30 Minute Guitar Practice Routine [Daily and Weekly Practice Plans]
A guitar practice routine is the most effective way to progress on the instrument.
No matter what style of music you’re learning or your experience level, organizing your practice time helps you grow as a player.
Finding time to sit down and work out a routine, and then spend time each day practicing, can seem like an impossible task.
You have other responsibilities in your life.
Families, jobs, hobbies, paying the bills, etc. are all vying for your time.
Before you know it, the car’s washed, the bills are paid, and your guitar is gathering dust in the corner of your room.
But even for the busiest of the busy, this doesn’t have to be the case.
You can learn to play guitar in as little as 30 minutes a day, five days a week, if you organize your practice routine correctly.
In this article, you’ll learn how to:
- Maximize every minute you have with your guitar
- How to grow as a player when time is short
- How to make music fun even when life around you is stressful.
With an organized and efficient guitar practice routine, you’ll get time with the family, kick butt at your job, pay the phone bill, and become the best guitarist you can be.
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Before You Start a Guitar Practice Routine
Before you look at how to build an effective routine, it’s important to set up a few learning tools in your guitar practice routine.
By setting specific practice goals, journaling, and recording each practice session, you’ll be effective and efficient in the practice room, squeezing the most out of every minute you devote to learning guitar.
Setting Specific Practice Goals
Probably the most important element of any guitar practice routine, setting goals will give you targets to aim for in your playing and show you progress in your studies.
As you work through the practice schedule below, make sure to set specific goals for each daily and weekly section of your guitar practice routine.
An example of this would be:
- Scales Daily Goal – Reach 120 bpm with metronome on A major scale
- Scales Weekly Goal – Increase daily bpm by 25% with A major scale
- Scale Monthly Goal – Hit 25% bpm increase with A, D, G, and C major scales
By setting very specific goals, you’ll give yourself specific targets to reach and be able to measure your success over time.
If you find that you aren’t reaching your goals, daily, weekly, or monthly, don’t think of it as a failure.
Instead, figure out why you aren’t meeting your goals and use that to set goals in other areas of your studies.
For example, if you’re not reaching your bpm goal for the week, it could be a picking issue.
You would then focus on alternate picking, before coming back to the scale exercises with your increased technical skills.
Goals are essential when learning any skill, and working towards them will help maximize your guitar practice routine.
Another essential tool for an effective guitar practice routine is keeping a practice journal.
When you’re working in short sections, such as 30-minute practice routines, it’s hard to see results day to day.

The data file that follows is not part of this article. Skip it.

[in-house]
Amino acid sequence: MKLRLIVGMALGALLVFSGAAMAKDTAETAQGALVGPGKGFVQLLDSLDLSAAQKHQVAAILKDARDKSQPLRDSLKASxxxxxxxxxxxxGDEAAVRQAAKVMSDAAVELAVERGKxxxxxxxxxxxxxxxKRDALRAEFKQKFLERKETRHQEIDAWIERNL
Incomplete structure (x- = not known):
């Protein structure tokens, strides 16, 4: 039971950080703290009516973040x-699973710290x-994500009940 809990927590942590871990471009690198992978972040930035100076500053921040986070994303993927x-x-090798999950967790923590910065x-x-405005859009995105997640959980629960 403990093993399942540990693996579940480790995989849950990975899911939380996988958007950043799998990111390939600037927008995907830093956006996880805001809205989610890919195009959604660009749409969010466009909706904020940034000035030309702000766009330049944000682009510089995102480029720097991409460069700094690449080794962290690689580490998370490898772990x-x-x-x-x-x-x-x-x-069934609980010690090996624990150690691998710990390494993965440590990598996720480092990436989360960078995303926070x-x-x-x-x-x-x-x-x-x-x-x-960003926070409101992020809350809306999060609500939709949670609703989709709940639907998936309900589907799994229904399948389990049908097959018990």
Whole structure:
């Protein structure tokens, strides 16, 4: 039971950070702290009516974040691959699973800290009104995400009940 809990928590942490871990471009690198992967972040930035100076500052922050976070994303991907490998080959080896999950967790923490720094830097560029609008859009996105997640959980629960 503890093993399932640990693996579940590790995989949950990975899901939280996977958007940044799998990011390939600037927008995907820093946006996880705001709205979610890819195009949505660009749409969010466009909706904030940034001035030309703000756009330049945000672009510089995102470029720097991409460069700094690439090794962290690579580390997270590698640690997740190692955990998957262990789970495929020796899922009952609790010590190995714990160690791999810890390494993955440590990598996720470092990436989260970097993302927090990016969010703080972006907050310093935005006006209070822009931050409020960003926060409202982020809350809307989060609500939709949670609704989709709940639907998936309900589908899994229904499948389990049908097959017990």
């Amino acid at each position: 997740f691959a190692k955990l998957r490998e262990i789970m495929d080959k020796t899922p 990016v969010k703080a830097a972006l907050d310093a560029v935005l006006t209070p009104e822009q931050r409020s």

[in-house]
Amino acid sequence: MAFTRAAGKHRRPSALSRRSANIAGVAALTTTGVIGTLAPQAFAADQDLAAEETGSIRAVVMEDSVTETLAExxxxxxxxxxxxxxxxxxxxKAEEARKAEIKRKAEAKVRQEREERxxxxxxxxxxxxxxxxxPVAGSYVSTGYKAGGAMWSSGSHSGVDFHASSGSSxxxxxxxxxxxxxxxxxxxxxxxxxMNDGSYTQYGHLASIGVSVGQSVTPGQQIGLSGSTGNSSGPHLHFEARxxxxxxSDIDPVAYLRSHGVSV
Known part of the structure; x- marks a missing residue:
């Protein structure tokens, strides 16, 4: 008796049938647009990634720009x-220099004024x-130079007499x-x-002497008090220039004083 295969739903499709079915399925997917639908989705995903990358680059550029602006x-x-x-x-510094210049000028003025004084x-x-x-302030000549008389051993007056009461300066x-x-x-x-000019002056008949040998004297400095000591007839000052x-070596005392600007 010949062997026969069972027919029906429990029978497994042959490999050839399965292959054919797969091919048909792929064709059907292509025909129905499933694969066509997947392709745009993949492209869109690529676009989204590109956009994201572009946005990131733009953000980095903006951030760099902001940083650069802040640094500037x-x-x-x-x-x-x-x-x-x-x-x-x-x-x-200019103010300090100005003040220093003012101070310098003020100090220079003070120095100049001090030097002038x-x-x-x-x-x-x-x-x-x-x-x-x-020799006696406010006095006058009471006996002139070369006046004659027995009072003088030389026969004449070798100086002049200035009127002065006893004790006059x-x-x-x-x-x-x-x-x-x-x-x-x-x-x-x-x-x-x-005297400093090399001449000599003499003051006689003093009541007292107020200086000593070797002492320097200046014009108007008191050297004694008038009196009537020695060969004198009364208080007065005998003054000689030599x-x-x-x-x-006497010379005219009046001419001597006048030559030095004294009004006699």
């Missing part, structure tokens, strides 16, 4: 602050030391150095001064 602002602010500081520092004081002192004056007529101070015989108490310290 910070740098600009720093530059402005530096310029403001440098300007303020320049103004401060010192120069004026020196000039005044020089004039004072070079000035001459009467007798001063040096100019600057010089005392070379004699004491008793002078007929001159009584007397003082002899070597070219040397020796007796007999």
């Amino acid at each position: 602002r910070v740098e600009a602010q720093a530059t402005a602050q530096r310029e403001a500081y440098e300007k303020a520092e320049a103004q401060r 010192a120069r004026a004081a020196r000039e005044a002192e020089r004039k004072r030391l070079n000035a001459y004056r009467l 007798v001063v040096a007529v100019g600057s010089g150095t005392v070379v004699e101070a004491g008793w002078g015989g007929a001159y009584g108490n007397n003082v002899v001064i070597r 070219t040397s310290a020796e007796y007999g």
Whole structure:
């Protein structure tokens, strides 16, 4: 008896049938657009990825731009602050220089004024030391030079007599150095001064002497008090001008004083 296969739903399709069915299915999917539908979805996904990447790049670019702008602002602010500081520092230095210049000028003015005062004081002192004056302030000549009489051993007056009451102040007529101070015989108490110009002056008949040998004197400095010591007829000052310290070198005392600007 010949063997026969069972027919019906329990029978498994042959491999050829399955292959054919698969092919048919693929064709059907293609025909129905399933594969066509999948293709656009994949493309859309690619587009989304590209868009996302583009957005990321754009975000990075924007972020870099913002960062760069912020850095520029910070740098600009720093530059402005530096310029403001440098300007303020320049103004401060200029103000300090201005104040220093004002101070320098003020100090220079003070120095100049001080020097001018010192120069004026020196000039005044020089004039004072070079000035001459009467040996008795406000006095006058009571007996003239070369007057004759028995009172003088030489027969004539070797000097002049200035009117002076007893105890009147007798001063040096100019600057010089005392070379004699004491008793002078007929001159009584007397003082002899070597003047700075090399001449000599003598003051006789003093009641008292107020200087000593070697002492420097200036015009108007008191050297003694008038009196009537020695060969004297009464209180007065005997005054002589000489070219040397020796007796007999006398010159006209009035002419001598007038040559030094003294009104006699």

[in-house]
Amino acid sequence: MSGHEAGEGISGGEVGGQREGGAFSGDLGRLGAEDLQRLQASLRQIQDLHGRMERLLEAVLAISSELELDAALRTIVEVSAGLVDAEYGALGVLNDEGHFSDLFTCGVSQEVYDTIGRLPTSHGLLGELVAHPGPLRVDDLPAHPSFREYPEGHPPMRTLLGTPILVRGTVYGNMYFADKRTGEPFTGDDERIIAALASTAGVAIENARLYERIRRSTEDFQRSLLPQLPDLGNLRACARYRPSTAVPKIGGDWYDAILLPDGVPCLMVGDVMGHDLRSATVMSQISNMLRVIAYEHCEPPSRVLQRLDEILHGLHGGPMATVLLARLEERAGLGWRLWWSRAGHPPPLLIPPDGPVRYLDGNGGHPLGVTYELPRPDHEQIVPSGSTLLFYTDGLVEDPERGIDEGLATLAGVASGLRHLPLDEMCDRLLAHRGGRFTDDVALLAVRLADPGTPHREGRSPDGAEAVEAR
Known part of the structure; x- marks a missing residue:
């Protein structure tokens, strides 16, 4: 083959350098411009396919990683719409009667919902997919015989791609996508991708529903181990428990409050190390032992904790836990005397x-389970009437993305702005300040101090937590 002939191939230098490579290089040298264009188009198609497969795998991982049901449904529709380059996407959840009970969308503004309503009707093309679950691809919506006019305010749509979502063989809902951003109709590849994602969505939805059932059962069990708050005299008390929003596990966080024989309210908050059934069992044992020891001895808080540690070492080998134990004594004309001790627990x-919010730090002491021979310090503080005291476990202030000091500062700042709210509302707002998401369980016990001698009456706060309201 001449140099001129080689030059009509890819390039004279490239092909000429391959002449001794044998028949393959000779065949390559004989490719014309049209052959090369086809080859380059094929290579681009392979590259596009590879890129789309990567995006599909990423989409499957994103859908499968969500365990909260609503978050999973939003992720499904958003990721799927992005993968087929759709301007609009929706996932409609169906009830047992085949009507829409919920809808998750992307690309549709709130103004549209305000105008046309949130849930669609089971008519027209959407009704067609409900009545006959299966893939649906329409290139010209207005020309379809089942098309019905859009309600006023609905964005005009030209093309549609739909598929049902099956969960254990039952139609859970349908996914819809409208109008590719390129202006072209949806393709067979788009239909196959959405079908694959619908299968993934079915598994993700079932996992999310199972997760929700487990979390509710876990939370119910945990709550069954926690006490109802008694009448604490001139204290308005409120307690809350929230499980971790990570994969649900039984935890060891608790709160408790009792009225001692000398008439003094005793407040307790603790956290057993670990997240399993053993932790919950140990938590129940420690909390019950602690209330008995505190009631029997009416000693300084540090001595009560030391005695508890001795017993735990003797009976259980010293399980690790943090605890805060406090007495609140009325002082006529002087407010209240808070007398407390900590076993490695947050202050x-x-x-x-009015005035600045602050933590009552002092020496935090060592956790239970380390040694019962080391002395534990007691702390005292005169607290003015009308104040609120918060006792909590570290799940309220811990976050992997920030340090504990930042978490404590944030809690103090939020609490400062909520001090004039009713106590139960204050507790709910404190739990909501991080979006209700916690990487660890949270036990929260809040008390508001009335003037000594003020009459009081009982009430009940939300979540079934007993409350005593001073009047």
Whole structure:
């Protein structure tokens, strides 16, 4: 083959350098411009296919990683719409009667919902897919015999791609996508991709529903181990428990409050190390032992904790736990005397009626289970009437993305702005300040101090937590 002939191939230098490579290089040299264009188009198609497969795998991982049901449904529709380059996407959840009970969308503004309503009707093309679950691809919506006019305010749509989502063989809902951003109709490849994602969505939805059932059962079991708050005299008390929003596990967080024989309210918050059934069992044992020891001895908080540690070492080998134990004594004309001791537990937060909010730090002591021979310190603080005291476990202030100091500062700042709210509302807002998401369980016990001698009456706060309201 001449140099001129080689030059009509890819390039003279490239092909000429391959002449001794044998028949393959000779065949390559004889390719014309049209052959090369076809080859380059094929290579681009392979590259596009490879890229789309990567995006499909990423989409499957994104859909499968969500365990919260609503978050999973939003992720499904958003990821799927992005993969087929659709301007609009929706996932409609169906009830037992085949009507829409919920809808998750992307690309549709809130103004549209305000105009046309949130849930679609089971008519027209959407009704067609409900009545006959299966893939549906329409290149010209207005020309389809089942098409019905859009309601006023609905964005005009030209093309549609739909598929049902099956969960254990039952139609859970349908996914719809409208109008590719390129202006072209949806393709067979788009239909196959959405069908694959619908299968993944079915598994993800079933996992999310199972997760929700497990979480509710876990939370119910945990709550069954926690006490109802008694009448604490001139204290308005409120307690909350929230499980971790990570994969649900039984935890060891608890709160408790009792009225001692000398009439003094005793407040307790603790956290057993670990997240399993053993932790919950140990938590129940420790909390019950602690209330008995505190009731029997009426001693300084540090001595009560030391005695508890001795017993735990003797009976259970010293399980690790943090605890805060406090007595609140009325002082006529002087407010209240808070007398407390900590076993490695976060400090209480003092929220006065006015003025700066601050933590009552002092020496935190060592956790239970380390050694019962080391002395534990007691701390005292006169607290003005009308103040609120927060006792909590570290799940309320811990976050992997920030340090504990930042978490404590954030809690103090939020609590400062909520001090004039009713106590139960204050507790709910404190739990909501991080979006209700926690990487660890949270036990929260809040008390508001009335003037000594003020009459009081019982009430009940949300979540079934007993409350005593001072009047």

By keeping a practice journal, you’ll see tangible results over time as you record your daily exercises and achievements.
If you don’t think you’re growing, look at your journal for the past few months to see where you were and where you are now.
You might be surprised that you’ve learned a lot of new material, such as chords and scales, increased your bpm’s with technique exercises, and spent less time each day to learn more concepts on the fretboard.
On the other side of the coin, if you’re struggling to reach a specific practice goal, journaling will help you figure out what’s working for other areas of your guitar practice routine.
You can then apply similar techniques to the concept you’re struggling with to overcome that roadblock in your practicing.
Though it may seem strange at first, a practice journal can be one of the most effective ways to see progress and grow in your guitar practice routine in the short and long term.
Recording Practice Sessions
Alongside journaling, another highly effective, and similar, practice tool is recording your practice sessions.
You can listen back to those practice sessions the next day, week, or month, to hear how you’ve improved over time.
You’ll also be able to listen back to problem areas, allowing you to address those areas when you’re not focused on playing them in the moment during an exercise.
Recording can also be effective when working on less measurable concepts, such as soloing or legato playing.
Listening back, and taking notes on what’s working and what’s not, will help you quickly address those issues, and enhance your strengths, during these sections of your routine.
Guitar Practice Routine Concepts
Though every guitarist is different in their combination of musical experience and practice goals, there are 7 musical concepts that should be a part of any guitar practice routine.
These 7 concepts cover each of the different skills needed to develop a well-rounded approach to chords, soloing, fretboard knowledge, and musical knowledge.
In the 30-minute guitar practice routines below, you’ll cover each of these 7 concepts in your weekly practice sessions.
By spreading out these concepts, you’ll cover all 7 in your studies, and see progress on the guitar each week at the same time.
The 7 elements of an effective guitar practice routine are:
- Ear Training
- Music Theory
As you can see, there are a lot of musical concepts to cover in your guitar practice routine.
It might seem like you need a lot of time each day to even touch have of these concepts in your practice routine.
Don’t worry about cramming these skills into each practice session.
Instead, focus on touching each of these 7 essential musical skills over the course of a series of practice sessions that you repeat each week in the practice room.
As you’ll learn below, having a well-rounded guitar practice routine each week will allow you to grow as a guitarist by working short, consistent practice sessions in your studies.
Weekly Guitar Practice Routine Schedule
Before digging into the daily guitar practice routines, it’ll be effective to plan out your weekly practice schedule in order to get the most out of these short, 30-minute practice sessions.
In a similar way to how you work out at the gym, using a weekly guitar practice schedule will cover essential concepts in your studies, even when time is short.
Here’s how you would organize your weekly guitar practice schedule to maximize time in the practice room, and cover essential skills over a 7-day period.
You’ll learn about each of these three routines, and the rest day, in detail below.
- Saturday – Practice Routine 1
- Sunday – Practice Routine 2
- Monday – Rest Day
- Tuesday – Practice Routine 1